5 de Mayo avocado price peak: Will prices level off in 2022?

5 de Mayo avocado price peak: Will prices level off in 2022?

5 de Mayo avocado price peak: Will prices level off in 2022?

5 de Mayo originally commemorated a Mexican military victory over the French, but it has come to be a celebration of  all things Mexican culture in the United States. The celebration also drives avocado consumption, and this has combined with market factors to push prices higher and higher. What are the prospects for avocado prices as we move past the festivities?

Driving the constant increase in price is consumption, which in the U.S. has moved from an average per capita consumption of 4 lbs in 2010, doubling in the last decade, and according to RaboResearch Senior Analyst for Fresh Produce, David Magaña, could hit 11 lbs per capita by 2026.

Magaña told FreshFruitPortal.com that over the last two years, avocado consumption has grown each and every week of the year when compared to a decade ago, and now combines with issues affecting the supply side in particular to push prices to levels that are double than that of 2021. Even though prices in 2021 were unusually low due to an increase in supply of the fruit, it is still a significant increase. 

Demand is still highest in the U.S. before the Super Bowl, in February and 5 de Mayo, than before, but this has combined with other factors for a unique situation in 2022.

“Supply problems, the import ban, border crossing problems in Texas, Easter week when people work less, have limited supply and now the prices are near $80 per box, the highest price since summer 2019”. Magaña said.

Unfettered demand 

Behind the increase in demand is an exemplary marketing and promotion effort in the U.S., pushing the fruit out of the realm of an ingredient in Mexican cooking into the category of a superfood popular on many restaurant menus.

Along with Magaña’s colleagues Gonzalo Salinas, Senior Analyst for Fresh Produce and Cindy van Rijswick, Senior Strategist for Fresh Produce, RaboReseach has published “Plenty of Avocado Advocates Around the World: Multi-regional Market Trends” which tracks this fruit and maps out its prospects going forward.

Magaña said that prices are likely to see a drop in the near future as new inventories start to arrive, both from Mexico and new growing regions like Jalisco, which are slotted to enter the U.S. for the first time this year, and from suppliers like Peru.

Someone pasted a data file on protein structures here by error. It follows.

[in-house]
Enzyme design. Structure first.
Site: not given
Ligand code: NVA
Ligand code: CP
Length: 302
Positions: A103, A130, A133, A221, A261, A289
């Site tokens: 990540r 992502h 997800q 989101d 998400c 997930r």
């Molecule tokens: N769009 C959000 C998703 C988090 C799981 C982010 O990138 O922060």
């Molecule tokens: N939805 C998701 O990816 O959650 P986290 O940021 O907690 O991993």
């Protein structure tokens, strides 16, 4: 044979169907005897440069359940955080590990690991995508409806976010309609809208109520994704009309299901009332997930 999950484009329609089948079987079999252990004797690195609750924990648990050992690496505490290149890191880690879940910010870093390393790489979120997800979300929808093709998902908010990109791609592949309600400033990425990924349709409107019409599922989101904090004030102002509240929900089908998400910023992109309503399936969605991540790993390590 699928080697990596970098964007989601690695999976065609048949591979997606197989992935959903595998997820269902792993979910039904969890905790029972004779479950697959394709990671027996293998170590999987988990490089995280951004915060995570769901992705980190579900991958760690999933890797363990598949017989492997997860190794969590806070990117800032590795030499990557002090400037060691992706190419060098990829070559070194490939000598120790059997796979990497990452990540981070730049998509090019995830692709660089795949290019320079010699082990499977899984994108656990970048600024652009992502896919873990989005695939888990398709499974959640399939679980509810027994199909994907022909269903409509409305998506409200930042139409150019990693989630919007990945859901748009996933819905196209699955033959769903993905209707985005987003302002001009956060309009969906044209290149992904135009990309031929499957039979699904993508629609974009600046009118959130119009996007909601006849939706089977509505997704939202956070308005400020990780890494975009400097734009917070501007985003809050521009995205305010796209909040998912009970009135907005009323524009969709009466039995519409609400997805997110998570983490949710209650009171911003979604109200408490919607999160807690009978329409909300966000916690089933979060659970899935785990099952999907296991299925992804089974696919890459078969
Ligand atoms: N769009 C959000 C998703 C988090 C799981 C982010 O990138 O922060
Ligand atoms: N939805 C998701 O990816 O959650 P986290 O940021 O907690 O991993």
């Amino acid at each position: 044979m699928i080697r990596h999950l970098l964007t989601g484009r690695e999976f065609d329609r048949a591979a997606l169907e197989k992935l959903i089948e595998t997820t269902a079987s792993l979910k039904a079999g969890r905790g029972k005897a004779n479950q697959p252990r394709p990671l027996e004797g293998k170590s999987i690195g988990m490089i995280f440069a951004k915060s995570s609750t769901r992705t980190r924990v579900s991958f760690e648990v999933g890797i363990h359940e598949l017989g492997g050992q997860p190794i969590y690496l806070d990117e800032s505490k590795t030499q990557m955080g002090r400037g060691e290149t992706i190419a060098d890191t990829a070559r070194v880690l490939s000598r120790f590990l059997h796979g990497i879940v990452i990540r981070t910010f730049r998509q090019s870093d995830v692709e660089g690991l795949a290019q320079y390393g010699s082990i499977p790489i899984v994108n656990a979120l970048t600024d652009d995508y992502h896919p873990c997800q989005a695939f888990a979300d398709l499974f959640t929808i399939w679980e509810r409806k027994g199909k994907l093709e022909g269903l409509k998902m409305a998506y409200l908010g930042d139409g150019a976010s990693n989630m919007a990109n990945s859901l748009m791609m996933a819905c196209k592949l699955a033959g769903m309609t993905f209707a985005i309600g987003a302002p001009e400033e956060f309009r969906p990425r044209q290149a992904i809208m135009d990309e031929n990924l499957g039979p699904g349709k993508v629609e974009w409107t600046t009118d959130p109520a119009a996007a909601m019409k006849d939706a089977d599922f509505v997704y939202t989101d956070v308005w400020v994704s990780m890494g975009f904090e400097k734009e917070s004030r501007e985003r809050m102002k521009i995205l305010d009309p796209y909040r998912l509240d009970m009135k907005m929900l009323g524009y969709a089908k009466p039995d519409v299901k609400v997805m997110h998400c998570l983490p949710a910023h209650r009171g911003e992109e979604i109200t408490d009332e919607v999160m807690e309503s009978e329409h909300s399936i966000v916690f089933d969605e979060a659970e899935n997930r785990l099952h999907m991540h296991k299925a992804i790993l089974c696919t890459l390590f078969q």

With an alleviation on the supply side dynamics, the analyst believes that prices could return to historical averages of between $40-50 per box.

Part of this supply alleviation will come from Jalisco, but Magaña points out that the region is still a small producer compared to the main Mexico growing region of Michoacán, with the former accounting for only about 10% of Mexico’s harvest.  

Another question which looms over the global market for avocados is how could demand for the fruit in other regions affect the price trends? 

Demand from other regions 

The growth in demand for avocados in Europe is a factor, although overall consumption per capita in the E.U. currently stands at about 3 lbs per person, or one third of that of the United States. Here it is the northern countries which have shown a greater interest in the fruit than southern neighbors.

Any discussion on global fruit consumption also must consider Asia, and China in particular. For Gonzalo Salinas, China remains a sleeping giant, with a small level of consumption. What demand exists is more focused on tropical varieties than the Hass. Other Asian countries have received the efforts of marketing and promotion, mainly South Korea and Japan, but consumption is still modest compared to the U.S.

Even if the Chinese were to consume one avocado each, every year, it would amount to a significant increase. But for now even that remains a far off goal.

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